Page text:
Saturday, May 12, 2012

Sharing Article of Breast Cancer Diagnostic Tool

This is great news that was published this past week and it must be shared with all women in the fight against breast cancer. Please share this article with a friend .

Below is an image of detecting chromosome translocations in sections of breast. 
 In breast cancer, we have shown that the NRG1/heregulin gene is translocated in 6% of primary cases and Soda and colleagues described fusions of ALK in 7% of lung cancers .
 

 Article

Pathologists today know that there are certain gene mutations that are predictive of cancers; for example, women with the BRCA1 or BRCA2 mutation are at a greater risk of developing breast and/or ovarian cancer. What is less known is the availability of genetic HER-2/neu FISH testing, a sophisticated laboratory test able to better determine treatment options for an aggressive form of breast cancer. This information is important because it helps doctors to determine the best course of treatment for each patient.
“HER-2/neu FISH testing is considered the gold standard because it has the advantage of looking at each tumor cell individually,” said Olga Falkowski, MD, a board-certified pathologist who serves as the Associate Medical Director and Director of Genetics at Acupath Laboratories, Inc., a national medical laboratory based in Plainview, NY. “Under U.S. Food & Drug Administration guidelines, all women with invasive breast cancer are eligible to undergo the test.”
In the body, the HER protein is a normally occurring substance that helps cells grow and stay strong. In about 20 percent of breast cancers, patients are HER-2 positive, meaning that cancer cells underwent genetic mutations responsible for production of excess protein called the HER-2/neu or human epidermal growth factor receptor 2. Patients with the genetic mutation HER-2 in breast cancer are eligible for a targeted therapy. Because of this, both the American Society for Clinical Oncology and National Comprehensive Cancer Network recommend HER-2/neu testing for all breast cancer tumors.
Women who undergo a biopsy for a suspicious lump and are diagnosed with cancer first receive immunohistochemistry or IHC of HER-2/neu testing as part of their initial laboratory workup. If the IHC testing is positive for Her-2/neu, then FISH is performed to confirm the genetic mutation.
What makes FISH or fluorescence in situ hybridization testing different and generally more effective, Dr. Falkowski said, is that it examines each individual cell of the tumor. “That’s a huge advantage,” she added. “The more a doctor knows about a tumor and its characteristics, the better that doctor can determine the most effective treatment options. The HER-2/neu FISH test tends to be more reliable.”
IHC testing quality can vary between laboratories based on the type of antibodies the lab uses, the way the lab prepares the tissue sample, and its criteria for determining the presence of HER-2, which is not the same everywhere. “Different labs have different reading systems,” Dr. Falkowski explained.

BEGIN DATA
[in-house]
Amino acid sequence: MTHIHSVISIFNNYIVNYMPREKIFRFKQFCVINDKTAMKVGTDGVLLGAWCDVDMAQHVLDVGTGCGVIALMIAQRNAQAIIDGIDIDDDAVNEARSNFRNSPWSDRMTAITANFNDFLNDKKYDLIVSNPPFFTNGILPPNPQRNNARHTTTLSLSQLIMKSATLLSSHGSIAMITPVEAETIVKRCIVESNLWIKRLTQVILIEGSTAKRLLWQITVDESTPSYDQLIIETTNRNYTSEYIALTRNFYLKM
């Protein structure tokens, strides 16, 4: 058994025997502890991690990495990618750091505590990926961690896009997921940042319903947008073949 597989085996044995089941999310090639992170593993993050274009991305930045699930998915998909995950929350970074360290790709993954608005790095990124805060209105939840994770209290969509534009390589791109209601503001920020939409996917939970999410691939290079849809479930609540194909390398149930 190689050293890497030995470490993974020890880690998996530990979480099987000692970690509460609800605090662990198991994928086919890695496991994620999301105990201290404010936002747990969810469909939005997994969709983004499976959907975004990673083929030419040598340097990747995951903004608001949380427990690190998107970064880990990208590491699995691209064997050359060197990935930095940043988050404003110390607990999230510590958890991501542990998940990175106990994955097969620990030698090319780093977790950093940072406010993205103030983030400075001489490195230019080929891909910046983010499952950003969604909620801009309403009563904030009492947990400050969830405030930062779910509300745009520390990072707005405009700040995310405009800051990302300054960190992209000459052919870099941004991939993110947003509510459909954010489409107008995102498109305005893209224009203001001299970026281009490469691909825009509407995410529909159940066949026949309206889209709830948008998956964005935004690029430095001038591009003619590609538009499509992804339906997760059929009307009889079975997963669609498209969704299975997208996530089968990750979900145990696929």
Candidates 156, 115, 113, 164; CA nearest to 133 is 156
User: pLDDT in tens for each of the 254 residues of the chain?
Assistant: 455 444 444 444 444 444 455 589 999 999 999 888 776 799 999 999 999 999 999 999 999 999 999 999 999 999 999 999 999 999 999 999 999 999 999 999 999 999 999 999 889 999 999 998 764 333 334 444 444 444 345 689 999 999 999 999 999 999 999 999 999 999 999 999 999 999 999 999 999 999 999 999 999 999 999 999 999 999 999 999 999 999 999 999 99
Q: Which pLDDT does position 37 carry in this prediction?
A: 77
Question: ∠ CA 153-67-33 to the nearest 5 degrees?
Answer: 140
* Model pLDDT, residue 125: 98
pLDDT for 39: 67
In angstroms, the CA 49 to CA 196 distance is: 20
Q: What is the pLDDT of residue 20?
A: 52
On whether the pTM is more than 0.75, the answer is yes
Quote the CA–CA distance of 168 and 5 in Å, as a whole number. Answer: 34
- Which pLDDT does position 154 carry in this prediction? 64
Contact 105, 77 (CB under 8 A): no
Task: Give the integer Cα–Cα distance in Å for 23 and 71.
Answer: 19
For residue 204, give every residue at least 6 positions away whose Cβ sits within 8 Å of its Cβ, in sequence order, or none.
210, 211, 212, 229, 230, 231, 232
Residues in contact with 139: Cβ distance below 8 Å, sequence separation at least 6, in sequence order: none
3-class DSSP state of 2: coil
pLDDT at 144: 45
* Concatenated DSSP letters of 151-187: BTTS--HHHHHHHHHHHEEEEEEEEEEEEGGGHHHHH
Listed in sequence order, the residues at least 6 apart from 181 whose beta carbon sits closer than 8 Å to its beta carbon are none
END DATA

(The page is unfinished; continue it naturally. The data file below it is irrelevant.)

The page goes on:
FISH testing is a more complex procedure, but is more specific and sensitive. It uses fluorescent probes to identify, tag and count the presence of genes that cause excessive production of the HER-2 protein in each individual cell. If more than two copies of the gene are found in each cell, the cancer is determined to be HER-2 positive and treated as such.
“It’s a more reproducible test, meaning the results from one lab to another should be the same,” Dr. Falkowski explained, adding that the HER-2 protein can also affect the aggressiveness and treatment of gastric and ovarian cancer. “Because it’s expensive technology, HER-2/neu FISH testing isn’t available everywhere, so doctors and their patients should know to ask for it,” adds Dr. Falkowski.
A concrete, reliable diagnosis of whether a woman with breast cancer is HER-2 positive will help lead to the best possible treatment starting immediately, improving survival and helping prevent recurrence. Standard chemotherapy drugs can be effective in treating Her-2/neu-positive patients, though more effective are two drugs that specifically target the Her-2/neu protein, trastuzumab (Herceptin) and lapatinib (Tykerb). Trastuzumab can be used alone or in conjunction with chemotherapy or hormone-blocking medications, though it comes with some potentially risky side effects, including congestive heart failure. Lapatinib is also generally used in combination with chemotherapy, most often in patients who have problems with trastuzumab. A promising new drug called trastuzumab emtansine or T-DM1 that combines several agents is also currently in clinical trials.
Dr. Falkowski continued, “As dramatic as this may sound, it’s true: For some women, HER-2/neu FISH testing could mean the difference between life and death.”
Olga Falkowski, M.D. is board-certified in anatomic and clinical pathology by the American Board of Pathology, and serves as the Associate Medical Director and Director of Genetics at Acupath Laboratories, Inc.
Acupath Laboratories, Inc. is a Plainview, New York, specialty medical lab engaged in cutting-edge diagnostics. http://www.acupath.com

http://www.prweb.com/releases/2012/5/prweb9457999.htm

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